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Any piece of equipment will inherently attract ‘what’ comments. What tyre? What tent? What saddle? and of course, what bivvy bag? There’s never a definitive answer to these questions because we’re individuals and each of us possess our own criteria. We all have likes, dislikes and views about what represents value for money. However, that doesn’t prevent us from asking and nor does it stop our fellow travellers from heading the call and answering.  Quite obviously, some answers will prove more useful than others. Simply saying, “X equals the best one ever, end of thread” when X is the only one you’ve ever used is an equation that’s no use to anyone. No, the best and most useful answers to ‘what’ questions are those borne from experience, a critical eye and an understanding that if you’re seeking perfection, then you will always find yourself disappointed.

It’s perhaps also worth mentioning the fact that some items need to be thought of as a ‘system’. It’s not a term I’m keen on but that doesn’t stop it from being true. I like to think of it as ‘unison’ or ‘harmony’ – A stove is no good if it’s too small to accommodate your pot without both tipping over, just as a bivvy bag is no use if so small that it crushes the insulation in your sleeping bag and prevents it from lofting – see, a system. Two or more items that compliment each other and work hand in hand to produce something that works.

John has tried quite a few bivvy bags over the years and has developed a very good idea of what his requirements are. This path has recently led him to the Sierra Designs Backcountry Bivvy 3000, a bivvy bag that he feels suits those of us who are …

light sleepers, side sleepers, people who prefer to sleep in the “recovery position” with a knee sticking out, fidgeting sleepers, sleepers who don’t like the restrictions of a mummy sleeping bag or the drafts that you can get from a quilt. Maybe you’re a sleeper who likes the comforts of home or a sleeper who enjoys the open air rather than being enclosed in a tent?


However, those things may only be true when the Backcountry bivvy is used in partnership with the backcountry bed sleeping bag and a wide and ever so luxurious sleeping mat – both of which John’s written about before which you can read HERE but there’s also no reason why the Backcountry bivvy can’t be used with a different bag and mat by those who want a spacious, weatherproof shelter … so, over to John and his thoughts.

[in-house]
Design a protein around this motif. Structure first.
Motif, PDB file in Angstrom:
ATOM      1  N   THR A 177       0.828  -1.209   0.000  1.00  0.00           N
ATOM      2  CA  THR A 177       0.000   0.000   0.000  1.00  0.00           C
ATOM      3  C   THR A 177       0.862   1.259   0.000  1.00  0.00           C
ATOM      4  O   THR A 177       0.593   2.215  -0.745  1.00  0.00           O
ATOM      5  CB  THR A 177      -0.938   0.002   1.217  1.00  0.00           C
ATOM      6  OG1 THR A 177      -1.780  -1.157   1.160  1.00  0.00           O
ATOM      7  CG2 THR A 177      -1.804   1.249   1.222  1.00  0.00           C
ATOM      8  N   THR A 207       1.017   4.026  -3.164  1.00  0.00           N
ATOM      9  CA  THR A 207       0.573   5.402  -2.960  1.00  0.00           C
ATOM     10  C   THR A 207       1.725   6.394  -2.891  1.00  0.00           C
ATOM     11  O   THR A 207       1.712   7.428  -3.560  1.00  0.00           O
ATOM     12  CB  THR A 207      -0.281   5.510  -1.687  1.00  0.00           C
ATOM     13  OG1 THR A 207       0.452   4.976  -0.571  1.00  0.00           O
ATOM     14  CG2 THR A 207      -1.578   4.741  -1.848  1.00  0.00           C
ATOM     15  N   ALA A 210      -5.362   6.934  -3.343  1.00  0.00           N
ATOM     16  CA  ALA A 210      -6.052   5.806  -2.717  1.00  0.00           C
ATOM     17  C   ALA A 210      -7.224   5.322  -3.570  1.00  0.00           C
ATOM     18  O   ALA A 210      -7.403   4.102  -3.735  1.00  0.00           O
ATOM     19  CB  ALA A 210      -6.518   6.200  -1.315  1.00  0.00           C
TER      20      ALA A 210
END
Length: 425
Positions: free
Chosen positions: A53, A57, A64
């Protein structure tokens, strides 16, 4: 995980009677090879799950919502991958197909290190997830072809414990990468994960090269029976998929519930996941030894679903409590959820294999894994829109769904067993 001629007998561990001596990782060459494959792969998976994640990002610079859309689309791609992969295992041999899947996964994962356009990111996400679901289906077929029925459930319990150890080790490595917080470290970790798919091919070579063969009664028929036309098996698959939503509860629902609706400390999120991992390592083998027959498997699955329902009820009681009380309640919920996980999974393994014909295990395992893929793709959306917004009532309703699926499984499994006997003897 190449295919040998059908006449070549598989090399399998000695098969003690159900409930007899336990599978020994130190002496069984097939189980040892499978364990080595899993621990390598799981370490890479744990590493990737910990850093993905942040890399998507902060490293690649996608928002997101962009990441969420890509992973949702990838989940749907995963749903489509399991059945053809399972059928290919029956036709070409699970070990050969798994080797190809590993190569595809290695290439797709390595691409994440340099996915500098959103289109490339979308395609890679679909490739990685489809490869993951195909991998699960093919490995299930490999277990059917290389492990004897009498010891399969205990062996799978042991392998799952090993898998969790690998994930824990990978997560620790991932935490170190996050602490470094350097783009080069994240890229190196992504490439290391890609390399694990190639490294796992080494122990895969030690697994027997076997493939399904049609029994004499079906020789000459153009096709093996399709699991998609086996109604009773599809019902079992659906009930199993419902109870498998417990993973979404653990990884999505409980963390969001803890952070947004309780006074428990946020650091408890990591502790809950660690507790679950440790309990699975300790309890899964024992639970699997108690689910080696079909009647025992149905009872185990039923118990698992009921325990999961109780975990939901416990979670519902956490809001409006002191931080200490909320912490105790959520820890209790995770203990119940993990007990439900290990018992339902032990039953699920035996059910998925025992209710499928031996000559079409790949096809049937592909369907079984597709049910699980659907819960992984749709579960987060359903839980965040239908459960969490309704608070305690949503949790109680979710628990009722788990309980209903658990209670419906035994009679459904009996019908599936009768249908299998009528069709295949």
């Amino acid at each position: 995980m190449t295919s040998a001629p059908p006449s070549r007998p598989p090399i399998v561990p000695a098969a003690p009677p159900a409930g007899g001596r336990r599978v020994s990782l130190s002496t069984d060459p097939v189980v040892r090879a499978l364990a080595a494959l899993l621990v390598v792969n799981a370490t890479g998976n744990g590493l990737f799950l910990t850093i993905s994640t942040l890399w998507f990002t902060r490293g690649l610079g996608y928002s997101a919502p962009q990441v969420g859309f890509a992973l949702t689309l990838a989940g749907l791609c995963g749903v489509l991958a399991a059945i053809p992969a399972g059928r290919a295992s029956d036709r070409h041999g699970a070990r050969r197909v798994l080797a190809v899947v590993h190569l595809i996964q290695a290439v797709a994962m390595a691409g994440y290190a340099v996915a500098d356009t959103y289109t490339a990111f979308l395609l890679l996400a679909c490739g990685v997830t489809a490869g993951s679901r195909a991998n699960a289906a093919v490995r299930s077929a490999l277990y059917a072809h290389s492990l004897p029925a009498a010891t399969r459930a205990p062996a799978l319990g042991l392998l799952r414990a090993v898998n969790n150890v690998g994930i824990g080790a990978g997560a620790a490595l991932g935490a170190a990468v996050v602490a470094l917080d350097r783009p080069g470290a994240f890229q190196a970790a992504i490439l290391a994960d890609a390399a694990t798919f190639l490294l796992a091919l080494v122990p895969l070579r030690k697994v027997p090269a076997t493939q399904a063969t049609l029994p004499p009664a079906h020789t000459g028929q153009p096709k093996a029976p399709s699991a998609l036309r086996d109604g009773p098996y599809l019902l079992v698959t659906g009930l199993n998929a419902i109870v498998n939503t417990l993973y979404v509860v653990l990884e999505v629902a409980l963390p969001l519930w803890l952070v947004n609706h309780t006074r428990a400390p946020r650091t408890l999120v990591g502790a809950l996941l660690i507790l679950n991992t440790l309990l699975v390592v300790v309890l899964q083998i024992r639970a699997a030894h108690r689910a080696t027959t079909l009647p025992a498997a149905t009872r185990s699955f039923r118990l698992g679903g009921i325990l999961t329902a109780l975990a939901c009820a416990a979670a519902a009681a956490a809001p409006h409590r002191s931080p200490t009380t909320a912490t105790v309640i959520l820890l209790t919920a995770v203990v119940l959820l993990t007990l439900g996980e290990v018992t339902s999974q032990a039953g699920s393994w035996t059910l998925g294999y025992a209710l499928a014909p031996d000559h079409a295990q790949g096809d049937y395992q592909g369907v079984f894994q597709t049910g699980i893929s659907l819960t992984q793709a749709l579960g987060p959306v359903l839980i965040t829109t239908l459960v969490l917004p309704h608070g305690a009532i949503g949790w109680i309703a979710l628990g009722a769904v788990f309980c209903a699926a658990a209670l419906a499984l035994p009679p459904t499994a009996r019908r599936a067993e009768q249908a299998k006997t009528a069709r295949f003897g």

Over the years I’ve tried ultra light in it’s many forms and if truth be told I’ve never really slept that well with any set up because of the compromises that ‘going ultra light’ forces you to accept.
As I’ve become older, I’ve also realised that rides like the Tour Divide or even the Dales Divide are not for me, Enjoy not endure is my motto and I’m sticking to it. It’s smiles over miles, carry a little more weight, pack a few comforts but still cut out the less important items.

There’s no denying that this set up is expensive and would represent a significant investment especially for those just setting out. It’s light enough (long version 440g / regular 395g) as not to be a burden but in no way ‘super light’. It compresses down well which aids packing but not to the degree that super lightweight kit does. I won’t win any lightest bike awards with this combination but the one thing it does give me is a good 7 to 8 hours of sleep every night when I’m out and about. So, for me the additional extra weight and bulk is worth carrying for a good nights sleep and obviously, not feeling knackered for the rest of the trip is a bonus too. All materials appear robust and the seams are fully taped, so it is fully waterproof rather than just water-resistant.


The Sierra Designs Backcountry Bivy 3000 is a pleasant and fairly subtle shade of green, it’s nice and roomy and perfectly accommodates the Sierra Designs Back Country Bed 20 sleeping bag and the 3″ deep air mattress. I chose the long version not because I need it at 5ft 8″ but for the extra width that this size gives me – it fits my rectangular mattress perfectly – when sleeping on your side there is no sleeping bag compression or flat spots in the insulation of the sleeping bag as you can get in tight bivvy bags and therefore no cold spots. With your head inside the sleeping bag and resting on a comfy air pillow, the integral midge net is kept away from your face enough as not to touch it should you be a back sleeper – there is a guy-line point that can be utilised to lift the top of the bag higher should you wish. It has an additional flap over the midge net to protect you from the rain which I use rolled down. With the midge net deployed but the outer flap rolled down I’ve noticed a slight bit of condensation on the inside of the top of the bag ( usually when my bladder’s woken me up in the middle of the night) but this has always gone by morning. I have read reports that others have suffered more condensation but once home and the bivvy turned inside out to air on the washing line, I’ve only ever noticed a little bit of condensation in the foot area – perhaps others are fully enclosing themselves rather than leaving the outer flap open? Personally, if the weather was poor I’d still use it opened up but add a small tarp to stop this happening.


All in all, I think I may have finally found my perfect set up for 10 months of the year here in the UK. I’d require additional insulation for deepest winter but that may just be a matter of supplementing rather than using an entirely different sleeping bag. In warmer weather (remember that?) a lightweight one or two season bag used in the same bivvy and on the same mattress, should make for a great summer set up.

Available on-line. Expect to pay around £115 for the regular length and a little more for the long version.


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